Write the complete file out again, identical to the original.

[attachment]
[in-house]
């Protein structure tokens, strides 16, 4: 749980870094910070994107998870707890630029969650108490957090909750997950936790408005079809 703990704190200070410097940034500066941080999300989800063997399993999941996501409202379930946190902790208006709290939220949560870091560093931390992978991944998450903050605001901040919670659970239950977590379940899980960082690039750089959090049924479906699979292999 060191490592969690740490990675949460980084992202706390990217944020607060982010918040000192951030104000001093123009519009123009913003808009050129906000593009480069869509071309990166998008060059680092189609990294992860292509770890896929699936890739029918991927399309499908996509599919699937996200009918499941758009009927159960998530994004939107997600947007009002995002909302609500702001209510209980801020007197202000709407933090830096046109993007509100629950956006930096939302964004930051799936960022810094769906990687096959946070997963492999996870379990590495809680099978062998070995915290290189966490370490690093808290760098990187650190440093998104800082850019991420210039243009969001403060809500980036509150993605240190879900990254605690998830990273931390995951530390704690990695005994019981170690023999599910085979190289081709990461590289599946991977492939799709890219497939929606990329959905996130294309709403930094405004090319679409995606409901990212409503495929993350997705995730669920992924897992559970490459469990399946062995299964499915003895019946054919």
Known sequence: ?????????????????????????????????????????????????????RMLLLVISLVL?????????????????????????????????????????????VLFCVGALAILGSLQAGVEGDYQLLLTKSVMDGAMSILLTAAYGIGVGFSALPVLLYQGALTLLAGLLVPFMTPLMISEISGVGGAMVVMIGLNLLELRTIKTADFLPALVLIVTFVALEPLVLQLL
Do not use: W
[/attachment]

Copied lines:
[in-house]
């Protein structure tokens, strides 16, 4: 749980870094910070994107998870707890630029969650108490957090909750997950936790408005079809 703990704190200070410097940034500066941080999300989800063997399993999941996501409202379930946190902790208006709290939220949560870091560093931390992978991944998450903050605001901040919670659970239950977590379940899980960082690039750089959090049924479906699979292999 060191490592969690740490990675949460980084992202706390990217944020607060982010918040000192951030104000001093123009519009123009913003808009050129906000593009480069869509071309990166998008060059680092189609990294992860292509770890896929699936890739029918991927399309499908996509599919699937996200009918499941758009009927159960998530994004939107997600947007009002995002909302609500702001209510209980801020007197202000709407933090830096046109993007509100629950956006930096939302964004930051799936960022810094769906990687096959946070997963492999996870379990590495809680099978062998070995915290290189966490370490690093808290760098990187650190440093998104800082850019991420210039243009969001403060809500980036509150993605240190879900990254605690998830990273931390995951530390704690990695005994019981170690023999599910085979190289081709990461590289599946991977492939799709890219497939929606990329959905996130294309709403930094405004090319679409995606409901990212409503495929993350997705995730669920992924897992559970490459469990399946062995299964499915003895019946054919």
Known sequence: ?????????????????????????????????????????????????????RMLLLVISLVL?????????????????????????????????????????????VLFCVGALAILGSLQAGVEGDYQLLLTKSVMDGAMSILLTAAYGIGVGFSALPVLLYQGALTLLAGLLVPFMTPLMISEISGVGGAMVVMIGLNLLELRTIKTADFLPALVLIVTFVALEPLVLQLL
Do not use: W